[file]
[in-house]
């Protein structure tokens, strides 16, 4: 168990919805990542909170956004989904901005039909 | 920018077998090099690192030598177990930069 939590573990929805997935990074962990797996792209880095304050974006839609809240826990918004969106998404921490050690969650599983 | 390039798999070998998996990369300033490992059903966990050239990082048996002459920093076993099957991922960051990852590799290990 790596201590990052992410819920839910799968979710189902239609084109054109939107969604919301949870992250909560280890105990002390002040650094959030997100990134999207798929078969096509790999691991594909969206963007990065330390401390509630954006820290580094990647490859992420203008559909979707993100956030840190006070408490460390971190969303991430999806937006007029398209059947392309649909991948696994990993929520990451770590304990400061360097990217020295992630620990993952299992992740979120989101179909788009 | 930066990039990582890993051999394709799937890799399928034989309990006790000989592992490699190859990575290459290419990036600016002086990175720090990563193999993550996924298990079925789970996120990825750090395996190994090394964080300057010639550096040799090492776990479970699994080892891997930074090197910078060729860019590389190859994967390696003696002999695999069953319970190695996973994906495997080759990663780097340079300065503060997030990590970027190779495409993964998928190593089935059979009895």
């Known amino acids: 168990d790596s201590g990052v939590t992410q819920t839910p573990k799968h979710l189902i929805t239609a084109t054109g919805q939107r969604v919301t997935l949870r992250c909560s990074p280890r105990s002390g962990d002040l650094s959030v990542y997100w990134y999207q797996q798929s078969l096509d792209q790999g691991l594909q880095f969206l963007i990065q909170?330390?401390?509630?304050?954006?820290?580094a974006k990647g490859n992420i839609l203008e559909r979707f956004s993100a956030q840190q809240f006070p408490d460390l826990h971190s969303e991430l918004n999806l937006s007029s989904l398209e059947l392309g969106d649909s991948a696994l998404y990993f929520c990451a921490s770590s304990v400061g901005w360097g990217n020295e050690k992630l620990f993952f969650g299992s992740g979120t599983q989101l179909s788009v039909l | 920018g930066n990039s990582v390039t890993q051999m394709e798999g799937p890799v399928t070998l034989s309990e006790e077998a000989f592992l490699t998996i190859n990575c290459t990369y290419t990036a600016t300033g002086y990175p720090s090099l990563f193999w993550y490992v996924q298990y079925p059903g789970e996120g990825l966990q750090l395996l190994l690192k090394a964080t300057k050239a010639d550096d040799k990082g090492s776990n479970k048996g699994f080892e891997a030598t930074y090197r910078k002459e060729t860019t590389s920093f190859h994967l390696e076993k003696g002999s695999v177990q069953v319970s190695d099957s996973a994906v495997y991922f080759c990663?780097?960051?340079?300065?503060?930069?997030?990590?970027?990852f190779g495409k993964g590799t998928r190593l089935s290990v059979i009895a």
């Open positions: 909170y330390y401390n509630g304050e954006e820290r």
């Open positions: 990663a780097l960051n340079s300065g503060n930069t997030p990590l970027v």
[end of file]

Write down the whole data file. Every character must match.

[in-house]
């Protein structure tokens, strides 16, 4: 168990919805990542909170956004989904901005039909 | 920018077998090099690192030598177990930069 939590573990929805997935990074962990797996792209880095304050974006839609809240826990918004969106998404921490050690969650599983 | 390039798999070998998996990369300033490992059903966990050239990082048996002459920093076993099957991922960051990852590799290990 790596201590990052992410819920839910799968979710189902239609084109054109939107969604919301949870992250909560280890105990002390002040650094959030997100990134999207798929078969096509790999691991594909969206963007990065330390401390509630954006820290580094990647490859992420203008559909979707993100956030840190006070408490460390971190969303991430999806937006007029398209059947392309649909991948696994990993929520990451770590304990400061360097990217020295992630620990993952299992992740979120989101179909788009 | 930066990039990582890993051999394709799937890799399928034989309990006790000989592992490699190859990575290459290419990036600016002086990175720090990563193999993550996924298990079925789970996120990825750090395996190994090394964080300057010639550096040799090492776990479970699994080892891997930074090197910078060729860019590389190859994967390696003696002999695999069953319970190695996973994906495997080759990663780097340079300065503060997030990590970027190779495409993964998928190593089935059979009895």
């Known amino acids: 168990d790596s201590g990052v939590t992410q819920t839910p573990k799968h979710l189902i929805t239609a084109t054109g919805q939107r969604v919301t997935l949870r992250c909560s990074p280890r105990s002390g962990d002040l650094s959030v990542y997100w990134y999207q797996q798929s078969l096509d792209q790999g691991l594909q880095f969206l963007i990065q909170?330390?401390?509630?304050?954006?820290?580094a974006k990647g490859n992420i839609l203008e559909r979707f956004s993100a956030q840190q809240f006070p408490d460390l826990h971190s969303e991430l918004n999806l937006s007029s989904l398209e059947l392309g969106d649909s991948a696994l998404y990993f929520c990451a921490s770590s304990v400061g901005w360097g990217n020295e050690k992630l620990f993952f969650g299992s992740g979120t599983q989101l179909s788009v039909l | 920018g930066n990039s990582v390039t890993q051999m394709e798999g799937p890799v399928t070998l034989s309990e006790e077998a000989f592992l490699t998996i190859n990575c290459t990369y290419t990036a600016t300033g002086y990175p720090s090099l990563f193999w993550y490992v996924q298990y079925p059903g789970e996120g990825l966990q750090l395996l190994l690192k090394a964080t300057k050239a010639d550096d040799k990082g090492s776990n479970k048996g699994f080892e891997a030598t930074y090197r910078k002459e060729t860019t590389s920093f190859h994967l390696e076993k003696g002999s695999v177990q069953v319970s190695d099957s996973a994906v495997y991922f080759c990663?780097?960051?340079?300065?503060?930069?997030?990590?970027?990852f190779g495409k993964g590799t998928r190593l089935s290990v059979i009895a």
């Open positions: 909170y330390y401390n509630g304050e954006e820290r």
């Open positions: 990663a780097l960051n340079s300065g503060n930069t997030p990590l970027v």